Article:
Some early programmer names are familiar to even the most novice of software developers. You may never have seen a line of code written by Bill Gates, or written any application in BASIC (much less for the Altair). But you know Gates' name, and the names of a few others.
Stories by Esther Schindler
Despite its complexity, the software development process has gotten better over the years. "Mature" programmers remember how many things required manual intervention and hand-tuning back in the day. Today's software development tools automatically perform complex functions that programmers once had to write explicitly. And most developers are glad of it!
When big companies release new software, they launch it with lots of hoopla: press tours, technical conferences, free T-shirts. Open-source projects, even the well-known ones, generally release their major new versions with a lot less fanfare. The FOSS (free and open-source software) community is often too busy coding and testing to bother with marketing, even when the new "point release" of the software is really remarkable.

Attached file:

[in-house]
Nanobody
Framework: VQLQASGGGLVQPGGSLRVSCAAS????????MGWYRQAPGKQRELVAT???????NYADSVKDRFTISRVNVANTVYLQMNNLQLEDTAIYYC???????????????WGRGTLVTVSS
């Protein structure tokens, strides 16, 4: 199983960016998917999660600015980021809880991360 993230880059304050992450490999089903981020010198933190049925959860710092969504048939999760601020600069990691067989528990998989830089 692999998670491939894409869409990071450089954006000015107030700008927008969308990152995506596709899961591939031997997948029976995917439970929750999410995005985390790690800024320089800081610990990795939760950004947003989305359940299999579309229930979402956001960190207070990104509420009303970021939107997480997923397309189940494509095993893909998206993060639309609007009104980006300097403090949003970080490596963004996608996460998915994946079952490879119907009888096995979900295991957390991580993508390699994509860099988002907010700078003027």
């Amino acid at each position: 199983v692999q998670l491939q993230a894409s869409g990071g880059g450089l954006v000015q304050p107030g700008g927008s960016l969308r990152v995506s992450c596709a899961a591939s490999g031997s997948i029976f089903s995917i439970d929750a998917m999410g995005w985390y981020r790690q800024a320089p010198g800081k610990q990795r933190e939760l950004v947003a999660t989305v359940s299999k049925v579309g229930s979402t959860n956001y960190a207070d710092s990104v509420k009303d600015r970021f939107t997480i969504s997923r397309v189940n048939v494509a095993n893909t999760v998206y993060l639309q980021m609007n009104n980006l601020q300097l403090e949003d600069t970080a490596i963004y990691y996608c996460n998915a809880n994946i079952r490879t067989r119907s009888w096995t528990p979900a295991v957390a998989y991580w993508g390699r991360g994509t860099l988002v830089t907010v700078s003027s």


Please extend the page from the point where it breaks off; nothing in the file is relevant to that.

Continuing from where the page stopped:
Developers who adopt the Google App Engine for their cloud computing platform today may fear data lock-in, since the only way to import or export data is using a Python-based API. Google is working on a tool to improve data exchange to improve data portability.
Open-source solutions used to be adopted quietly by company boffins who snuck in an Apache Web server or an open-source development tool suite under the philosophy "It's easier to get forgiveness than permission" (not to mention "It's easier to do it with open-source tools than to get an IT budget").